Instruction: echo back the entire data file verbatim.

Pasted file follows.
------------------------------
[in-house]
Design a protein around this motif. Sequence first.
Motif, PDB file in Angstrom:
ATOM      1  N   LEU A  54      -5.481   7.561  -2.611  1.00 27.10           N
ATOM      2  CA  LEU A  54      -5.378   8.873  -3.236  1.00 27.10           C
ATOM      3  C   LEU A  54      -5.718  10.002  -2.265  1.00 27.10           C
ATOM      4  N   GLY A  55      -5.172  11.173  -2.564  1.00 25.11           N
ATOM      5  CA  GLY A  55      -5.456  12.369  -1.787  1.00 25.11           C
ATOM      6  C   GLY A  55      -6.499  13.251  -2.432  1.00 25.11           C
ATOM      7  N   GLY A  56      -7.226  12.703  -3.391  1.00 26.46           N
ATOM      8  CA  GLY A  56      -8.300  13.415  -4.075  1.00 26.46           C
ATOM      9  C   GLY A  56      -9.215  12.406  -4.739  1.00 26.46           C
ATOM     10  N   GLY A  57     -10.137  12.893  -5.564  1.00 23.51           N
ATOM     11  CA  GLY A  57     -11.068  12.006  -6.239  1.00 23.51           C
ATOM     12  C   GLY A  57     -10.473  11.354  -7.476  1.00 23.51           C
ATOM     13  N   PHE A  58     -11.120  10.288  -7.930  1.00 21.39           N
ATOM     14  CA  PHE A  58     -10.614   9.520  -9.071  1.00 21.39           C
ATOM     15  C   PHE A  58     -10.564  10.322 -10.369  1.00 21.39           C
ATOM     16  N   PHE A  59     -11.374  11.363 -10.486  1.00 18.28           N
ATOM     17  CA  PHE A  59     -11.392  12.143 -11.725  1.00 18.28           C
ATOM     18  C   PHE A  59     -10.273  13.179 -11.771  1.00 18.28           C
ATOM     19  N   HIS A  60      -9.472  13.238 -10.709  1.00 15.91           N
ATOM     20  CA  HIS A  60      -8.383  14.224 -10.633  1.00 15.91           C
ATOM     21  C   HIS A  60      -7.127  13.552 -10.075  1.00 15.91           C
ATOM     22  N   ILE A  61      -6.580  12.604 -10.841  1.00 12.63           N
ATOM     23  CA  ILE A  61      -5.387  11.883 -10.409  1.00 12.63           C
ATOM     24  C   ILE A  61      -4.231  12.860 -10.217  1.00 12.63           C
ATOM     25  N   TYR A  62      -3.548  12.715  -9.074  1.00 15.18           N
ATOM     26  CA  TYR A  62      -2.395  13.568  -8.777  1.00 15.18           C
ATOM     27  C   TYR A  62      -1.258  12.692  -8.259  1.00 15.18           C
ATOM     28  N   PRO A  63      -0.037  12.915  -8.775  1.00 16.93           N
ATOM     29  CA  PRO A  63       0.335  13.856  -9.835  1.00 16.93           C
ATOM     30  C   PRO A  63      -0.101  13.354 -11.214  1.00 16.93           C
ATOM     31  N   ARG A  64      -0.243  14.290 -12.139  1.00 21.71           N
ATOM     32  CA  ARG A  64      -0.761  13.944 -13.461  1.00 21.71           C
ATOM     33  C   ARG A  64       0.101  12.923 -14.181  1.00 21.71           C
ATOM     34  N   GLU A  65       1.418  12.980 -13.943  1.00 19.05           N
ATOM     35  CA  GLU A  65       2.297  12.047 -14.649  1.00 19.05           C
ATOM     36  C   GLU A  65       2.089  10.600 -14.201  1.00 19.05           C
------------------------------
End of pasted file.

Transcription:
[in-house]
Design a protein around this motif. Sequence first.
Motif, PDB file in Angstrom:
ATOM      1  N   LEU A  54      -5.481   7.561  -2.611  1.00 27.10           N
ATOM      2  CA  LEU A  54      -5.378   8.873  -3.236  1.00 27.10           C
ATOM      3  C   LEU A  54      -5.718  10.002  -2.265  1.00 27.10           C
ATOM      4  N   GLY A  55      -5.172  11.173  -2.564  1.00 25.11           N
ATOM      5  CA  GLY A  55      -5.456  12.369  -1.787  1.00 25.11           C
ATOM      6  C   GLY A  55      -6.499  13.251  -2.432  1.00 25.11           C
ATOM      7  N   GLY A  56      -7.226  12.703  -3.391  1.00 26.46           N
ATOM      8  CA  GLY A  56      -8.300  13.415  -4.075  1.00 26.46           C
ATOM      9  C   GLY A  56      -9.215  12.406  -4.739  1.00 26.46           C
ATOM     10  N   GLY A  57     -10.137  12.893  -5.564  1.00 23.51           N
ATOM     11  CA  GLY A  57     -11.068  12.006  -6.239  1.00 23.51           C
ATOM     12  C   GLY A  57     -10.473  11.354  -7.476  1.00 23.51           C
ATOM     13  N   PHE A  58     -11.120  10.288  -7.930  1.00 21.39           N
ATOM     14  CA  PHE A  58     -10.614   9.520  -9.071  1.00 21.39           C
ATOM     15  C   PHE A  58     -10.564  10.322 -10.369  1.00 21.39           C
ATOM     16  N   PHE A  59     -11.374  11.363 -10.486  1.00 18.28           N
ATOM     17  CA  PHE A  59     -11.392  12.143 -11.725  1.00 18.28           C
ATOM     18  C   PHE A  59     -10.273  13.179 -11.771  1.00 18.28           C
ATOM     19  N   HIS A  60      -9.472  13.238 -10.709  1.00 15.91           N
ATOM     20  CA  HIS A  60      -8.383  14.224 -10.633  1.00 15.91           C
ATOM     21  C   HIS A  60      -7.127  13.552 -10.075  1.00 15.91           C
ATOM     22  N   ILE A  61      -6.580  12.604 -10.841  1.00 12.63           N
ATOM     23  CA  ILE A  61      -5.387  11.883 -10.409  1.00 12.63           C
ATOM     24  C   ILE A  61      -4.231  12.860 -10.217  1.00 12.63           C
ATOM     25  N   TYR A  62      -3.548  12.715  -9.074  1.00 15.18           N
ATOM     26  CA  TYR A  62      -2.395  13.568  -8.777  1.00 15.18           C
ATOM     27  C   TYR A  62      -1.258  12.692  -8.259  1.00 15.18           C
ATOM     28  N   PRO A  63      -0.037  12.915  -8.775  1.00 16.93           N
ATOM     29  CA  PRO A  63       0.335  13.856  -9.835  1.00 16.93           C
ATOM     30  C   PRO A  63      -0.101  13.354 -11.214  1.00 16.93           C
ATOM     31  N   ARG A  64      -0.243  14.290 -12.139  1.00 21.71           N
ATOM     32  CA  ARG A  64      -0.761  13.944 -13.461  1.00 21.71           C
ATOM     33  C   ARG A  64       0.101  12.923 -14.181  1.00 21.71           C
ATOM     34  N   GLU A  65       1.418  12.980 -13.943  1.00 19.05           N
ATOM     35  CA  GLU A  65       2.297  12.047 -14.649  1.00 19.05           C
ATOM     36  C   GLU A  65       2.089  10.600 -14.201  1.00 19.05           C